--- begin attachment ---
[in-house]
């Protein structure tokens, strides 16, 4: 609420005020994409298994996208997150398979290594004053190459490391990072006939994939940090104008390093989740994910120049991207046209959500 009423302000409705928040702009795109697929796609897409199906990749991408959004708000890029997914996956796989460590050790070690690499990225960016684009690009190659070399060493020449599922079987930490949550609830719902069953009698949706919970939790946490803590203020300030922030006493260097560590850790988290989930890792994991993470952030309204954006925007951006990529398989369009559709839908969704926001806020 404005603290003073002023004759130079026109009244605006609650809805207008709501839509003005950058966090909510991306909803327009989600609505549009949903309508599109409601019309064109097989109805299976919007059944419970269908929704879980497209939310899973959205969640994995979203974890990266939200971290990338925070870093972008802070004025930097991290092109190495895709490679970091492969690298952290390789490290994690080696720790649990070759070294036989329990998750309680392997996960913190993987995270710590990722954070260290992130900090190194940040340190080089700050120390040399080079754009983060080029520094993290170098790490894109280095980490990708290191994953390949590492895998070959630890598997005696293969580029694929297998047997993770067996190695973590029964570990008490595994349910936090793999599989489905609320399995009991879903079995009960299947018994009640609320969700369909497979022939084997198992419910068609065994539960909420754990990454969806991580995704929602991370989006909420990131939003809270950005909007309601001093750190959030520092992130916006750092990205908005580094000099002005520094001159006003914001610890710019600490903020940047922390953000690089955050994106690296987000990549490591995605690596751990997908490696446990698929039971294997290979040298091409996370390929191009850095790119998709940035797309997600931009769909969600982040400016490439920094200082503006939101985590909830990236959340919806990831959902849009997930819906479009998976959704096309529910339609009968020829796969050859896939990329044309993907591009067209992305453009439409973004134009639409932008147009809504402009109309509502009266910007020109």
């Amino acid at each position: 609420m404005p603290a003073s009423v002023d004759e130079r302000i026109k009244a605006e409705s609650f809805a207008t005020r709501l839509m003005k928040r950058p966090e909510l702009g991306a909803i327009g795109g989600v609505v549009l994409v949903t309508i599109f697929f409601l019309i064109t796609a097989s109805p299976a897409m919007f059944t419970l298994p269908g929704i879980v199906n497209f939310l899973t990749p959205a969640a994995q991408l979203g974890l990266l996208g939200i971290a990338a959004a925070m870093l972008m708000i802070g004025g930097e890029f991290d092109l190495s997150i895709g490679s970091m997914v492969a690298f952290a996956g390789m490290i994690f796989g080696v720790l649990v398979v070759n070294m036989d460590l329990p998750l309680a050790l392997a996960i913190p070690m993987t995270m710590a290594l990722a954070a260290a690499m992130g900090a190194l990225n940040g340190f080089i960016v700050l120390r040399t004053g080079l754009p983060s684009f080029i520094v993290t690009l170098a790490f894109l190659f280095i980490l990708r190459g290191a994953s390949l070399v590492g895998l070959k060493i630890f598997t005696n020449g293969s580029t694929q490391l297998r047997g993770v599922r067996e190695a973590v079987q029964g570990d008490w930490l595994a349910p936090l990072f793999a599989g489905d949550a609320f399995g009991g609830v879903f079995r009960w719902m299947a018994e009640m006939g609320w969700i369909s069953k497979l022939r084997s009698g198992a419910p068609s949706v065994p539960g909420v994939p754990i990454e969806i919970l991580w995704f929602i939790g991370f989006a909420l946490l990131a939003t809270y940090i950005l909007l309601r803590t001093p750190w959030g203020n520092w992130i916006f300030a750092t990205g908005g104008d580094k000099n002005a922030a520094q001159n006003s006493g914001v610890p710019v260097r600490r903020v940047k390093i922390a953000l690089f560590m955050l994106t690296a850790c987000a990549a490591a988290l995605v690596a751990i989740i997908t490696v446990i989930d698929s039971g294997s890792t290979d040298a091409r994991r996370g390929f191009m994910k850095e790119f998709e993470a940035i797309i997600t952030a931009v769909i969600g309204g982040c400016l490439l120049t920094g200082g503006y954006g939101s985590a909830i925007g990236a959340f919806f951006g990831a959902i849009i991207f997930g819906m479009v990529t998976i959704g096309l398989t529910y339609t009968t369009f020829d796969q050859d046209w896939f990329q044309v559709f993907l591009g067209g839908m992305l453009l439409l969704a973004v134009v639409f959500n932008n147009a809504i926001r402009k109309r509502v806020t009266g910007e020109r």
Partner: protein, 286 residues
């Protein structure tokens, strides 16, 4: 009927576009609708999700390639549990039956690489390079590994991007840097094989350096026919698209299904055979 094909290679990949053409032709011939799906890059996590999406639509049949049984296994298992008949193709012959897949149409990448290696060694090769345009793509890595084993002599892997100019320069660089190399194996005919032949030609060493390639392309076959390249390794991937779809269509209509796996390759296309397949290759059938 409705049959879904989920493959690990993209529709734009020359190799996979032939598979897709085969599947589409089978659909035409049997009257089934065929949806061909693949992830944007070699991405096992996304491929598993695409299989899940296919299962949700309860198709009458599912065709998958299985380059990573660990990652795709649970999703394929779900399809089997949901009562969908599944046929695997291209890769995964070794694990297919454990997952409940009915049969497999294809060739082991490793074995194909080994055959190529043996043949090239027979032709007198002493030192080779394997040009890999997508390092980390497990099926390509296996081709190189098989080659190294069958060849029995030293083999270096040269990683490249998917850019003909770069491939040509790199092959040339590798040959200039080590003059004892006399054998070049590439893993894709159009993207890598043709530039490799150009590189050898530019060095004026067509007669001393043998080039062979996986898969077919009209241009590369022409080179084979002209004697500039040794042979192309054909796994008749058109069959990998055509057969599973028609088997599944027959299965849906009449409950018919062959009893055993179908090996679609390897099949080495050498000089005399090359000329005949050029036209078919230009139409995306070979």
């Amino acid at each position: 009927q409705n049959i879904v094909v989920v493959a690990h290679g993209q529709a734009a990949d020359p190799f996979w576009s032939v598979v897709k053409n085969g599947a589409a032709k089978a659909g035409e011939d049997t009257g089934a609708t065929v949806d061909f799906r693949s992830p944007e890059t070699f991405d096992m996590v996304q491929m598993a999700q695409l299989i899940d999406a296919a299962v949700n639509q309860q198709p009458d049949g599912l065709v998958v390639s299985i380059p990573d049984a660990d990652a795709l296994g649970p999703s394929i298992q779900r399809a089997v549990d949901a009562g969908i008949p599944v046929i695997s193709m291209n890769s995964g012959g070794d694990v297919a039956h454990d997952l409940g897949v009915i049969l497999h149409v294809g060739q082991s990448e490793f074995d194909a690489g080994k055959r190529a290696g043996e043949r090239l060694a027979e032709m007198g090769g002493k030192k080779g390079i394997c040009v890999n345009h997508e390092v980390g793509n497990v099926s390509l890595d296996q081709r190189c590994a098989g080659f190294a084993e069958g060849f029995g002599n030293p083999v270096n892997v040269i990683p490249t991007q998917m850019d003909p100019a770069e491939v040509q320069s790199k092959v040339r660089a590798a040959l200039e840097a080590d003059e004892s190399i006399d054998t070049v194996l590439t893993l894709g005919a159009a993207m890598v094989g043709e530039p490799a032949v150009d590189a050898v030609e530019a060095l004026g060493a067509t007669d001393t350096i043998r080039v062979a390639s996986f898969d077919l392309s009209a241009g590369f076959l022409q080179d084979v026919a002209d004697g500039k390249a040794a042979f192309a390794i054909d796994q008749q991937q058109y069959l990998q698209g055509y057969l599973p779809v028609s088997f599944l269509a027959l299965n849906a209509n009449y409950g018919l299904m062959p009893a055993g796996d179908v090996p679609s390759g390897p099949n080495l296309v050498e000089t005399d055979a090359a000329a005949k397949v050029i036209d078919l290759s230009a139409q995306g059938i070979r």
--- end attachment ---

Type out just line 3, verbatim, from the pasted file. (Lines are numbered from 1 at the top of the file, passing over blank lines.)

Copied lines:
């Amino acid at each position: 609420m404005p603290a003073s009423v002023d004759e130079r302000i026109k009244a605006e409705s609650f809805a207008t005020r709501l839509m003005k928040r950058p966090e909510l702009g991306a909803i327009g795109g989600v609505v549009l994409v949903t309508i599109f697929f409601l019309i064109t796609a097989s109805p299976a897409m919007f059944t419970l298994p269908g929704i879980v199906n497209f939310l899973t990749p959205a969640a994995q991408l979203g974890l990266l996208g939200i971290a990338a959004a925070m870093l972008m708000i802070g004025g930097e890029f991290d092109l190495s997150i895709g490679s970091m997914v492969a690298f952290a996956g390789m490290i994690f796989g080696v720790l649990v398979v070759n070294m036989d460590l329990p998750l309680a050790l392997a996960i913190p070690m993987t995270m710590a290594l990722a954070a260290a690499m992130g900090a190194l990225n940040g340190f080089i960016v700050l120390r040399t004053g080079l754009p983060s684009f080029i520094v993290t690009l170098a790490f894109l190659f280095i980490l990708r190459g290191a994953s390949l070399v590492g895998l070959k060493i630890f598997t005696n020449g293969s580029t694929q490391l297998r047997g993770v599922r067996e190695a973590v079987q029964g570990d008490w930490l595994a349910p936090l990072f793999a599989g489905d949550a609320f399995g009991g609830v879903f079995r009960w719902m299947a018994e009640m006939g609320w969700i369909s069953k497979l022939r084997s009698g198992a419910p068609s949706v065994p539960g909420v994939p754990i990454e969806i919970l991580w995704f929602i939790g991370f989006a909420l946490l990131a939003t809270y940090i950005l909007l309601r803590t001093p750190w959030g203020n520092w992130i916006f300030a750092t990205g908005g104008d580094k000099n002005a922030a520094q001159n006003s006493g914001v610890p710019v260097r600490r903020v940047k390093i922390a953000l690089f560590m955050l994106t690296a850790c987000a990549a490591a988290l995605v690596a751990i989740i997908t490696v446990i989930d698929s039971g294997s890792t290979d040298a091409r994991r996370g390929f191009m994910k850095e790119f998709e993470a940035i797309i997600t952030a931009v769909i969600g309204g982040c400016l490439l120049t920094g200082g503006y954006g939101s985590a909830i925007g990236a959340f919806f951006g990831a959902i849009i991207f997930g819906m479009v990529t998976i959704g096309l398989t529910y339609t009968t369009f020829d796969q050859d046209w896939f990329q044309v559709f993907l591009g067209g839908m992305l453009l439409l969704a973004v134009v639409f959500n932008n147009a809504i926001r402009k109309r509502v806020t009266g910007e020109r």